978-1-78099-139-9 (Paperback) £12.99 $22.95

978-1-78099-140-5 (eBook) £6.99 $9.99

Are totems merely a thing of the distant past? Or might it be that our sleek new machines are producing totemic forces which we are only beginning to recognize?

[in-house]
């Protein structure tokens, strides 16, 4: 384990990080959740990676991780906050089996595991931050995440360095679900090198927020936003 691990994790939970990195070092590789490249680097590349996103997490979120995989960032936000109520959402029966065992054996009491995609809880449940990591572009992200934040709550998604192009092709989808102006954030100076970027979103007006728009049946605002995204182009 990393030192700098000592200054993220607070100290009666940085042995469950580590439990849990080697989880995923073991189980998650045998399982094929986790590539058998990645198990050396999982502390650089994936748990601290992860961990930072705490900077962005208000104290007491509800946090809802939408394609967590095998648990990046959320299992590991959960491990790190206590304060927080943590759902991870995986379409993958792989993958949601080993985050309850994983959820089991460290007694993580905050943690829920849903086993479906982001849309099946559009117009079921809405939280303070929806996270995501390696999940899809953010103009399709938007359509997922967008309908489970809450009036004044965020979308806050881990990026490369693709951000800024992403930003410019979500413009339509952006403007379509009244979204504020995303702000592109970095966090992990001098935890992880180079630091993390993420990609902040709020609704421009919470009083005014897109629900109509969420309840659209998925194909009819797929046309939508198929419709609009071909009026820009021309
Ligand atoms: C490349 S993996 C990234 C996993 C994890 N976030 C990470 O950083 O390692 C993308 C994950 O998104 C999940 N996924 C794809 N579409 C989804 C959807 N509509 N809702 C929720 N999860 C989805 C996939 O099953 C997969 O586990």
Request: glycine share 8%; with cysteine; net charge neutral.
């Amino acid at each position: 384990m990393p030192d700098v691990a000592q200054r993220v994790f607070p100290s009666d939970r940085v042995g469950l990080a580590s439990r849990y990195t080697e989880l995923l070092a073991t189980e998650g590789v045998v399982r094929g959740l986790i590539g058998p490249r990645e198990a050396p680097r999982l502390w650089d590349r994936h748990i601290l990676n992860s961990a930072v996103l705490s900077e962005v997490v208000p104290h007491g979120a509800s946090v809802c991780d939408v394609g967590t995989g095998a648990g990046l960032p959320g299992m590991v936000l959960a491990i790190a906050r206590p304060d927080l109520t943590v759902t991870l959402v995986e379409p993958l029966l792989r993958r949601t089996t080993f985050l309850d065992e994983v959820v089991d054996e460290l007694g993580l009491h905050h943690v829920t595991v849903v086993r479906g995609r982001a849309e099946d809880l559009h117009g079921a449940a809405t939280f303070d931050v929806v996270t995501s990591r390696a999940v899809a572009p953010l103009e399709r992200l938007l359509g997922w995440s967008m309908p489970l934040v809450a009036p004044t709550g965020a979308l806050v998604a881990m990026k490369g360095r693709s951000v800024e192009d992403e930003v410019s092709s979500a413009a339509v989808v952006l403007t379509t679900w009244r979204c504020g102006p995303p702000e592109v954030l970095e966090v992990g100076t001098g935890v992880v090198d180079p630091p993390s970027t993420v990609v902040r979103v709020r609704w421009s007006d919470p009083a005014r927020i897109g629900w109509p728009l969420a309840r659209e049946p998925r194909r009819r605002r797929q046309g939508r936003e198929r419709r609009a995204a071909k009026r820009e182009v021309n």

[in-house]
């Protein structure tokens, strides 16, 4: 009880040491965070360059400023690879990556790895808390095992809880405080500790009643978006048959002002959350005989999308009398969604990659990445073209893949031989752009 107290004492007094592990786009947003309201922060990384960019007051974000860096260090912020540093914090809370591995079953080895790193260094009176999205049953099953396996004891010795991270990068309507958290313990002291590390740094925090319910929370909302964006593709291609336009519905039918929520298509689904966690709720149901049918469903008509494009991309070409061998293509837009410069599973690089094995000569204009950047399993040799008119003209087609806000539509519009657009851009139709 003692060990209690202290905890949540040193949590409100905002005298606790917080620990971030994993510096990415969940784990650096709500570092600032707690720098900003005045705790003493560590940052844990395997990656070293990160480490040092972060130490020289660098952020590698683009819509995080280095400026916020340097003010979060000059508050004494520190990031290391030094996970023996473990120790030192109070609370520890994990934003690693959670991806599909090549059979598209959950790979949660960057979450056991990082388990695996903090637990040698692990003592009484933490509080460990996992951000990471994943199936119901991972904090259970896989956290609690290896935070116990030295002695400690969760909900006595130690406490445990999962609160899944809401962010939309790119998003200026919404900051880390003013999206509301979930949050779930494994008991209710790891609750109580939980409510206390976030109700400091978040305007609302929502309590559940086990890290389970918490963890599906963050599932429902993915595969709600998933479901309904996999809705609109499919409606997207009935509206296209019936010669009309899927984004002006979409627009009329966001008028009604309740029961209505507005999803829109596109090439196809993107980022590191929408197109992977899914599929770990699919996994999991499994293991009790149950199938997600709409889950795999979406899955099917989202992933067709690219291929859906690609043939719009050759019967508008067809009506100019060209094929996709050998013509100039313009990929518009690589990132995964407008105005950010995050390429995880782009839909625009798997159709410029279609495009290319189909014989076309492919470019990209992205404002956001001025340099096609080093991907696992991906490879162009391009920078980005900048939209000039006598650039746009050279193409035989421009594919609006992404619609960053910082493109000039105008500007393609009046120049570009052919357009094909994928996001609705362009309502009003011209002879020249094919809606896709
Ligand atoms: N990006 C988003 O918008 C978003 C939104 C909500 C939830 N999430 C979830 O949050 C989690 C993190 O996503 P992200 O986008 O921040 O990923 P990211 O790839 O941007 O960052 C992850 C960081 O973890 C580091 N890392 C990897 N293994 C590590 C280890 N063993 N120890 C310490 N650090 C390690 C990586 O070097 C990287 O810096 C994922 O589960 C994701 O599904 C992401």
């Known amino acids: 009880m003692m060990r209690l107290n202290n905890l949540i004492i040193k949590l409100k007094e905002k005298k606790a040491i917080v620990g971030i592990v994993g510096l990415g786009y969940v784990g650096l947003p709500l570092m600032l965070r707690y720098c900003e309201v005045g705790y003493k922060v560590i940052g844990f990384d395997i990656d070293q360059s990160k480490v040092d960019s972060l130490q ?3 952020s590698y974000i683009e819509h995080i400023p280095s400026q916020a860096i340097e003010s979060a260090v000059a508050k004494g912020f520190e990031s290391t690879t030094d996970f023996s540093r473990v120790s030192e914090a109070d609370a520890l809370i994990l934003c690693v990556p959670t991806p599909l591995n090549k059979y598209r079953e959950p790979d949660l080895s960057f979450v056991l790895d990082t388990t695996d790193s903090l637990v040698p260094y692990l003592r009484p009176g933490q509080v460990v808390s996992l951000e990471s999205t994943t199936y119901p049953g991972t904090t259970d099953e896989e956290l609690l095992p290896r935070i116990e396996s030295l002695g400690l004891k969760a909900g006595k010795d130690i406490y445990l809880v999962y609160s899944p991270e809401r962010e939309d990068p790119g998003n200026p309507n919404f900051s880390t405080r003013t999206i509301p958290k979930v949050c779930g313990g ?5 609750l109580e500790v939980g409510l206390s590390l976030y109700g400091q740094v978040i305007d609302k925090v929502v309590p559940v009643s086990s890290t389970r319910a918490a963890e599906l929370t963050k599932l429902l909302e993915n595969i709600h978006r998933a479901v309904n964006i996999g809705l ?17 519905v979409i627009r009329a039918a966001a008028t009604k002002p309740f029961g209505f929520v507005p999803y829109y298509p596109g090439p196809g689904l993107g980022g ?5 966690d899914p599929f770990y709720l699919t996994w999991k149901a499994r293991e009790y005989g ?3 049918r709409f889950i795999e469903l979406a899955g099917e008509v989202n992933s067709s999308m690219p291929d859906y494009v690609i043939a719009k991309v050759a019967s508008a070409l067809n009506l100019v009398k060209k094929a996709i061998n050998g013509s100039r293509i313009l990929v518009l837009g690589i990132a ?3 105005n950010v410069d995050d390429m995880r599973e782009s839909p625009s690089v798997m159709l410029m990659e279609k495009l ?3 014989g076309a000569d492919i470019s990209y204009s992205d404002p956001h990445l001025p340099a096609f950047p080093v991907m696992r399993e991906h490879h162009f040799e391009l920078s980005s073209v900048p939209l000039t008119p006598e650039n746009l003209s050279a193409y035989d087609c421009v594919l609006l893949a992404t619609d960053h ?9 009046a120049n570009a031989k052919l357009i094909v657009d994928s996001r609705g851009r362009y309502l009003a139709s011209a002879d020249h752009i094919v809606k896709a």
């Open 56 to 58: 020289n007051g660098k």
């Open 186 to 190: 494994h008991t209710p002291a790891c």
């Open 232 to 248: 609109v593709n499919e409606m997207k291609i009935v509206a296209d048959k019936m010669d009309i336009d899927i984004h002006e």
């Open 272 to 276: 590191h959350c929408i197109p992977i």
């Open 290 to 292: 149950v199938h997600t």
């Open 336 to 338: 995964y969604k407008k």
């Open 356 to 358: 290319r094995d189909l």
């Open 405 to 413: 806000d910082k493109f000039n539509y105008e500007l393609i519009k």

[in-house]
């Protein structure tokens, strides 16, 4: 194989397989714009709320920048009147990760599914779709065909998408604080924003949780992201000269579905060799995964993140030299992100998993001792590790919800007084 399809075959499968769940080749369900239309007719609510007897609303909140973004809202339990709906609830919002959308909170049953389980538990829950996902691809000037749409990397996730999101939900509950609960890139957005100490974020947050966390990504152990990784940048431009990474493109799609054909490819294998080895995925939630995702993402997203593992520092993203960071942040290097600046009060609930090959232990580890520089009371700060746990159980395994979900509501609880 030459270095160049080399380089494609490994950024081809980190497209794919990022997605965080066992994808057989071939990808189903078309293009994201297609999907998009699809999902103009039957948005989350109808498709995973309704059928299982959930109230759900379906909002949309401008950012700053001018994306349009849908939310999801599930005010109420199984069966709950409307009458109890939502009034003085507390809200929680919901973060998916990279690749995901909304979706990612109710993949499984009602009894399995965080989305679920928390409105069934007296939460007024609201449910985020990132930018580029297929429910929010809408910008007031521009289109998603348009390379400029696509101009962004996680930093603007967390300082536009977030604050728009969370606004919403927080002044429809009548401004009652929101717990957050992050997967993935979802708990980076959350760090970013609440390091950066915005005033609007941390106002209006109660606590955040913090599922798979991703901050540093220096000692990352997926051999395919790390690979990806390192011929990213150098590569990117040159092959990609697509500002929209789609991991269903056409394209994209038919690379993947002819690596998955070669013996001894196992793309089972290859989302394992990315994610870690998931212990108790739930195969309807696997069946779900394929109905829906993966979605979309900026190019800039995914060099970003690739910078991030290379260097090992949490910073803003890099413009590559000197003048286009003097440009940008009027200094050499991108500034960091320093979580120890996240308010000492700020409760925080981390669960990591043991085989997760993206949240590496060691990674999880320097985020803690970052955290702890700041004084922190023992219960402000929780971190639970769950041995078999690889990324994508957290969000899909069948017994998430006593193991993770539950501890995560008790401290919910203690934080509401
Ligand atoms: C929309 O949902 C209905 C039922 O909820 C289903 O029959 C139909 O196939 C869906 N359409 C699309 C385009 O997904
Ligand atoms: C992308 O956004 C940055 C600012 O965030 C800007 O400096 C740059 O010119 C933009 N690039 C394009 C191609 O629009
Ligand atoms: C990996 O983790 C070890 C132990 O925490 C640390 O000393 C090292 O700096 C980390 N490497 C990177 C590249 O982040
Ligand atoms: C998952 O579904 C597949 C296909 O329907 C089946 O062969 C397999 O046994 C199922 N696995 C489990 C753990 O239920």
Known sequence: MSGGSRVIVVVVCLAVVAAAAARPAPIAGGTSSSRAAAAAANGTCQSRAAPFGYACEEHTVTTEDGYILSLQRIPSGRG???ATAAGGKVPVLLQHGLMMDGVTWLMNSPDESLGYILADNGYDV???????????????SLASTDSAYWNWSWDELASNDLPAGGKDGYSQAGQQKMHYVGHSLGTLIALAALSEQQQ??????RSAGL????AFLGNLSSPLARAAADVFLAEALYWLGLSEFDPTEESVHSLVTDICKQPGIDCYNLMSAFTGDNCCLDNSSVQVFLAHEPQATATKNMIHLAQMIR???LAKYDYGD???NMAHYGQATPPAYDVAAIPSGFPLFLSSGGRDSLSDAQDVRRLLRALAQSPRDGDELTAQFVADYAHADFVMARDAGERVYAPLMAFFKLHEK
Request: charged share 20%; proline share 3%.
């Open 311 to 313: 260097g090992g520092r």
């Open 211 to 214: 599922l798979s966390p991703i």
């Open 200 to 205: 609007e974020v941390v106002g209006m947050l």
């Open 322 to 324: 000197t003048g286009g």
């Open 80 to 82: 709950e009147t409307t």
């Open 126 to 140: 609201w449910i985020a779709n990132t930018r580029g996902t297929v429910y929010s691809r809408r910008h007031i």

This book asks to what degree today's media technologies are haunted by a Freudian ghost, functioning as totems or taboos (or both). By isolating five case-studies (rabbits in popular culture, animated creatures that go "off-program," virtual lovers, jealous animal spirit guides, and electronic paradises), Look at the Bunny highlights and explores today's techno-totemic environment. In doing so, it explores how nonhuman avatars are increasingly expected to shepherd us beyond our land-locked identities, into a risky - sometimes ecstatic - relationship with the Other.